Often, the I/O port chosen for transmitting a packet stored in a buffer is busy receiving or sending packets for other buffers. In this case, the system 10 includes a second memory 20 for storing the packet. The second memory 20 stores a queue array 24. The queue array 24 has buffer descriptor addresses (BDAs) for packets that are stored in buffers 18 a-18 n of the first memory 18 and are waiting for an assigned I/O port 16 a-16 n to become available.
 Each data packet received may vary in size. Therefore, the size of each data buffer 18 a-18 n may also vary. Furthermore, each data buffer 18 a-18 n may be logically partitioned by a processor 12 a-12 n into one or more “cells”. Each cell partition represents a maximum size of a data packet that may be transmitted by an I/O buffer 16 a-16 n. For example, in FIG. 1, buffer 18 a is partitioned into two cells, buffer 18 b includes only one cell, and buffer 18 c includes three cells.
 System 10 also includes queue manager logic 22 connected to processors 12 a-12 n and second memory 20. Queue manager 22 includes a queue array 24 that includes several queue entries, with each queue entry corresponding to an I/O buffer, 16 a-16 n. Each queue entry in queue array 24 stores multiple BDAs, where one BDA links to another BDA in the same queue. Queue array 24 is stored in second memory 20. Alternatively or in addition thereto the queue manager 22 may include a cache containing a sub-set of the contents of queue array 24.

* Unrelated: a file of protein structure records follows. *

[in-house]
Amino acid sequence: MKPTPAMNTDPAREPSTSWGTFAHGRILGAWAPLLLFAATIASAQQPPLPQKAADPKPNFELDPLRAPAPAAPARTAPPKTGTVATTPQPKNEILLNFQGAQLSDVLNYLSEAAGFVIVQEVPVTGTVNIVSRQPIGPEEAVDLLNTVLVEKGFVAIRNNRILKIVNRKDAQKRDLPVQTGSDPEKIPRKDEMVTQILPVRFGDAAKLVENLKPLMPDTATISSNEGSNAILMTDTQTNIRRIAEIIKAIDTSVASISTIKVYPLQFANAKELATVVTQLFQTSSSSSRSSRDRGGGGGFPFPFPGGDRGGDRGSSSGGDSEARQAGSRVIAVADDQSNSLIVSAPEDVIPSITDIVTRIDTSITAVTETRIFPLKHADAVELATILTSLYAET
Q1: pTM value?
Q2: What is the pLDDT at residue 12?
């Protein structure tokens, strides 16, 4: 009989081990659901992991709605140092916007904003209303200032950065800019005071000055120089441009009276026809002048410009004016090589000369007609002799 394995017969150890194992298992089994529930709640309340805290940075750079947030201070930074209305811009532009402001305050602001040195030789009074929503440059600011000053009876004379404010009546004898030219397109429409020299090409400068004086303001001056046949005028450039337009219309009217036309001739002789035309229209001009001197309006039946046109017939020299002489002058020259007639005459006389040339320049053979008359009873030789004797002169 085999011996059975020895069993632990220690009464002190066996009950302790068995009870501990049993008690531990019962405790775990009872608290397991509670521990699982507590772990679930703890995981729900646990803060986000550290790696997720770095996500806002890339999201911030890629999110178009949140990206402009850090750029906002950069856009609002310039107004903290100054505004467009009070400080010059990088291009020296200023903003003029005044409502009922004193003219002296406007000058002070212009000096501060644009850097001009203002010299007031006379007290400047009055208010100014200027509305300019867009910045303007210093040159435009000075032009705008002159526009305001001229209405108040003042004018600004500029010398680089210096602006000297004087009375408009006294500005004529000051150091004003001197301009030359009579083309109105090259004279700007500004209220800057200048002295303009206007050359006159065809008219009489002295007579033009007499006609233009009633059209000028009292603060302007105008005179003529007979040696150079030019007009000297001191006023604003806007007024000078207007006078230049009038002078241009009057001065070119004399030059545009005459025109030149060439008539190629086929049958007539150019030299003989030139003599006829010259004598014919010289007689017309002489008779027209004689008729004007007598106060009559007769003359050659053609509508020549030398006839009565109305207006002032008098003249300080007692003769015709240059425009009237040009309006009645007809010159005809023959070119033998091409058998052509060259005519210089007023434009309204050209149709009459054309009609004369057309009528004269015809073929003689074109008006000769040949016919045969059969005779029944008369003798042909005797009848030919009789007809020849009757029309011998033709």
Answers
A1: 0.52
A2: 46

Each BDA includes both an address of the stored data buffer in first memory 18, and a “cell count” that indicates the number of cells contained in a data buffer, 18 a-18 n. The BDA is, for example, 32 bits long, with the lower 24 bits being used for address of the buffer descriptor and the upper 7 bits being used to indicate the cell count of the data buffer.
 Processors 12 a-12 n store and retrieve data buffers from queue array 24 by sending “En-queue” and “De-queue” commands to queue manager 22. Each En-queue and De-queue command includes a queue entry number included in queue array 24. Queue manager 22 responds to a De-queue command by returning a BDA stored at the “head”, i.e., the top entry of the queue entry specified to the requesting processor. Queue manager 22 also uses the cell count included in the head BDA being returned to determine whether all of the cells included in the corresponding data packet have been sent. If the cell count is greater than zero, then the queue manager leaves the head BDA in the head location of the queue. When the cell count for a De-queued BDA has reached zero another linked BDA is moved to the head of the queue, as will be explained.
 Referring to FIGS. 2A and 2B, a first queue entry, “Qa” is shown of an exemplary queue array Qa-Qn is shown. Each queue entry included in queue array Qa-Qn includes a three-block queue descriptor 51 a-51 n, and may also include additional BDAs that are linked to the same queue entry. Each queue descriptor 51 a-51 n includes a first block 52 a-52 n that contains the head BDA for the queue entry, a second block 54 a-54 n that contains the “tail” address for the queue entry and a third block 56 a-56 n that contains a “queue count” for the queue entry.